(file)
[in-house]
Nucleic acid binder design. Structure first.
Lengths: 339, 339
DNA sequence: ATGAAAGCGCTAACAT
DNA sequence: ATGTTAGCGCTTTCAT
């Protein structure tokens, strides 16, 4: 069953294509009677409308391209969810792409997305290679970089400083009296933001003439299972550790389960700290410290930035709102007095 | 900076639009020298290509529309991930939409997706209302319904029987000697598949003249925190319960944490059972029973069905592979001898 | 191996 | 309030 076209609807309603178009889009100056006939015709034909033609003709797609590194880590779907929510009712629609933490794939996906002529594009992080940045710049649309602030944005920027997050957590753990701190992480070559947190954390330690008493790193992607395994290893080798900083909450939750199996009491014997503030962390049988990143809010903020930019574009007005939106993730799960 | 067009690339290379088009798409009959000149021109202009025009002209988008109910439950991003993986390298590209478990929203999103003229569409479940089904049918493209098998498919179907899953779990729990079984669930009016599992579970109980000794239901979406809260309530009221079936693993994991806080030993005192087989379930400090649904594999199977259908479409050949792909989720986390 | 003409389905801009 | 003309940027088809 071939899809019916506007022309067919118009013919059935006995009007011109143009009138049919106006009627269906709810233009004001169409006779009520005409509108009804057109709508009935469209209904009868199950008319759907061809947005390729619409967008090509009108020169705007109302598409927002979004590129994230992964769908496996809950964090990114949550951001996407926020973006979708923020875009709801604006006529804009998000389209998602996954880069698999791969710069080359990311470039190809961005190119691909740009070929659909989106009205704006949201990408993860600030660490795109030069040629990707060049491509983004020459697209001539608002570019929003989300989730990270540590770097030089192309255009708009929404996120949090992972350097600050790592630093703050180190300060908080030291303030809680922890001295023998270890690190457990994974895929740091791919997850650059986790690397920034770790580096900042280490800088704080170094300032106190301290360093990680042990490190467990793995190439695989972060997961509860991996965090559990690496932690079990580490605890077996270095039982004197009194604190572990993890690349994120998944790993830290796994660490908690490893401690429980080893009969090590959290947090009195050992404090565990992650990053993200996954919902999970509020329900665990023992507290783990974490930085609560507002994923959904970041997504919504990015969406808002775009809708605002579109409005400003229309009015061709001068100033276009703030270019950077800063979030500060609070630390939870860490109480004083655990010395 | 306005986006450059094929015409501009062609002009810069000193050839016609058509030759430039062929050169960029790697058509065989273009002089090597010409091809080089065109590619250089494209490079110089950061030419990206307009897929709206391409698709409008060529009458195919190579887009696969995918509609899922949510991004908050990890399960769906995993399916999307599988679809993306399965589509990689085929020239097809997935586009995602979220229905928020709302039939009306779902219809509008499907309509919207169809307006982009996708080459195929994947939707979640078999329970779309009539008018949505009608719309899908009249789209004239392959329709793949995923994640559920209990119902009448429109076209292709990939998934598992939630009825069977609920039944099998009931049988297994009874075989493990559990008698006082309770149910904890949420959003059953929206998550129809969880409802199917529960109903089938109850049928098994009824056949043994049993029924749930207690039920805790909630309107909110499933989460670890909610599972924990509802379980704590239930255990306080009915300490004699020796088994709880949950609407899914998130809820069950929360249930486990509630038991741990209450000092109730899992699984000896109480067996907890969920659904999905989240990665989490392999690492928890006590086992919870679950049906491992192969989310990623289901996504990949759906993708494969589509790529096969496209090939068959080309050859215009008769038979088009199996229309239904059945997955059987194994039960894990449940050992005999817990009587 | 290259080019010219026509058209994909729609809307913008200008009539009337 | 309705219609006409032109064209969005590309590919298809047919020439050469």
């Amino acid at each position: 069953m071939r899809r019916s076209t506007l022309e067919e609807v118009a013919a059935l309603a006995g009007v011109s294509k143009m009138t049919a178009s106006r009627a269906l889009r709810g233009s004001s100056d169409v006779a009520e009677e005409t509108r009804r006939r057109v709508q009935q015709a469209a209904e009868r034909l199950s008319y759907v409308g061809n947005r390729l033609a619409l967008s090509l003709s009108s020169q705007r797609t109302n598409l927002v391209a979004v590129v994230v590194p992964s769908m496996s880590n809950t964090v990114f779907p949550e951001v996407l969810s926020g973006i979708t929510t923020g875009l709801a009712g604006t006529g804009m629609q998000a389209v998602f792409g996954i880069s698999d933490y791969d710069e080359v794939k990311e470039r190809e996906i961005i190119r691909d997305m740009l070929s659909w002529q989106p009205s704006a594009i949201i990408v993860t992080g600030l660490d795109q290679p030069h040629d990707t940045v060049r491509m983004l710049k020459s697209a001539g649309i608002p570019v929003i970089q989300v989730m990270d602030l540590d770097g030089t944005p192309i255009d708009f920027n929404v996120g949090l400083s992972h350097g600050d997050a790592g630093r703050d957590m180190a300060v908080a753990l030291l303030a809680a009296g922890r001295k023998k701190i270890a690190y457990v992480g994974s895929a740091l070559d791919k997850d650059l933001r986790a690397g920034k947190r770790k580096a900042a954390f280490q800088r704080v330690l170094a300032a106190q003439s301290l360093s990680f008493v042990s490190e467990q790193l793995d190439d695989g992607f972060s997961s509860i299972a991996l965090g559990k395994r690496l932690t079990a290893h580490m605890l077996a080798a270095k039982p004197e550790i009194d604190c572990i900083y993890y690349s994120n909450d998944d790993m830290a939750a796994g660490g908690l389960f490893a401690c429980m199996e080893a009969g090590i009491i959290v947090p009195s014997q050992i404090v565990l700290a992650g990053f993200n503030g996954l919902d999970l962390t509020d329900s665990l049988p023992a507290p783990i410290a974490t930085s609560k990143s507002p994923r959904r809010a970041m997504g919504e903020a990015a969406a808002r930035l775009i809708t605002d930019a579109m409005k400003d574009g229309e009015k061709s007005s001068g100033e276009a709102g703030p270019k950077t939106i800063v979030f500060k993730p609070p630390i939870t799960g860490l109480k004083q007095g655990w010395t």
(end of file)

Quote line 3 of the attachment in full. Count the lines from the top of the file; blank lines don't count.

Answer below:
Lengths: 339, 339